More than a decade removed from his intended swan song, Black Album, JAY-Z continues to chip away at the grindstone that is immortality. It’s to the point that it’s not a question of if he will be remembered as the greatest figure in rap to ever pick up a mic, but rather just how storied his legacy will ultimately be once he decides to close the curtain for good.
His last long player, Magna Carta Holy Grail, continued his track record of successful releases, scored him another platinum plaque and multiple hit singles, but received mixed reviews, with some accusing Hov of being over-the-hill and simply mailing it in at that point in his career. Notorious for his ability to read a crowd and spell out the writing on the wall, JAY-Z has been well aware of those attempting to write him off and has answered with what may be his greatest body of work of the decade. 4:44, his 13th released album, captures the transparent rapper as he puts down his guard long enough to bring us into the psyche of Shawn Carter the father, husband, and man. Running ten tracks in length, 4:44 serves as a friendly reminder that JAY-Z still wields the power to put the music world in a state of pandemonium, a feat he pulled off with the assistance of producer No I.D.
Having worked with legendary producers like DJ Premier, Timbaland, Neptunes, Swizz Beatz, Kanye West, and Just Blaze, JAY-Z’s first-ever decision to enlist No I.D. as the album’s sole boards man created high expectations for the Chicago native. However, No I.D. rose to the occasion in a big way, creating an array of soundscapes that are as rich as anything JAY-Z has rhymed over in recent memory, effectively solidifying No I.D. as one of the greatest beatsmiths of his generation. To highlight No I.D.’s musical wizardry, we’ve ranked each beat on 4:44 to determine which is the best on the album.
Where does your favorite stack up?
No I.D. samples The Fugees’ “Fu-Gee-La” on the 4:44 cut “Moonlight,” a selection inspired by the Oscar-Winning motion picture of the same name. Distorting Lauryn Hill’s vocals from the 1996 hip-hop classic, which serves as the crux of the track, No. I.D. chops up and peppers them throughout the beat, complementing the low-end bassline that anchors “Moonlight.” Although JAY-Z receives a production credit on “Moonlight,” it is among the more pedestrian offerings on 4:44 from a production standpoint, with the familiarity of the sample being more of a hindrance than an enhancement.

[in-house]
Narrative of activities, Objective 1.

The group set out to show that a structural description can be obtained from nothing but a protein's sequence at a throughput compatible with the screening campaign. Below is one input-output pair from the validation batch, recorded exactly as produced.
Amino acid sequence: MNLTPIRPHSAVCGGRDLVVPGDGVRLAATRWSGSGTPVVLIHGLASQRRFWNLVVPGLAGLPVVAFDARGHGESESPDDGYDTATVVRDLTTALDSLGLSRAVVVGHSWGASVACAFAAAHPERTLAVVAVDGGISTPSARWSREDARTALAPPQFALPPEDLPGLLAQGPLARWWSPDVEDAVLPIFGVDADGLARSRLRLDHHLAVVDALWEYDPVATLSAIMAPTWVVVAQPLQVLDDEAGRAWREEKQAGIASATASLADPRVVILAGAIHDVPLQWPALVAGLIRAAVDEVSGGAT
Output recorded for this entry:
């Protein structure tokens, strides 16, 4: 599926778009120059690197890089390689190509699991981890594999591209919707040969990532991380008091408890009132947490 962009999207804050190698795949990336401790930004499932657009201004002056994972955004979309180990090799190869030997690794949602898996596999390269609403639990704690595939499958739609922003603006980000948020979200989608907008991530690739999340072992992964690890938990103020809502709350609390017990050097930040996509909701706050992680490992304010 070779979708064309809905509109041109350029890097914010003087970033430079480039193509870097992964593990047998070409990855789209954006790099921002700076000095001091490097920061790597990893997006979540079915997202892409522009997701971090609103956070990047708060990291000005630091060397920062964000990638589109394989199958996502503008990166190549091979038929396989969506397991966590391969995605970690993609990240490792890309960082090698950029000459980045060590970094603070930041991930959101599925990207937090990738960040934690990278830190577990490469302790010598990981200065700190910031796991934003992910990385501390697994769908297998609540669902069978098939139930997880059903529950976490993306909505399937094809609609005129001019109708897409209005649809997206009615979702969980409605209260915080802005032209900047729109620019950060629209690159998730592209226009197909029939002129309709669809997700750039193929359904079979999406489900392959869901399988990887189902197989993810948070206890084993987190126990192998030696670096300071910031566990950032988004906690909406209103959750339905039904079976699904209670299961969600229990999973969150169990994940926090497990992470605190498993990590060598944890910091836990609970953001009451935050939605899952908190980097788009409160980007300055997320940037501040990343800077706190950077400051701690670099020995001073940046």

Many of the soundscapes on 4:44 are more subdued and provoke more insular musings from Shawn Carter, the man behind the music. However, “Bam” is the alternative, a festive jam that finds Hov reverting back to JAY-Z and talking greasy over the No I.D.-produced beat. Interpolating dancehall legend Sister Nancy’s signature record “Bam Bam,” “Bam” also includes a sample of “Tenement Yard” by Jacob Miller, as well as live instrumentation, including electric pianos, guitars, synths, and various horns, all of which add to the sonic explosion. While the song itself is one of the most boisterous offerings, “Bam” falls short when compared to the more refined compositions by No I.D. that made the final cut.
JAY-Z gets optimistic on “Smile,” a soulful number from 4:44 that samples Stevie Wonder’s 1976 cut “Love’s in Need of Love Today.” Dominated by a voice sample, which appears throughout, and 808 drums, “Smile is a relatively sparse and straightforward backdrop that displays No I.D.’s brilliance as a boards man on what is the longest song on Hov’s album.
7. “Kill Jay Z”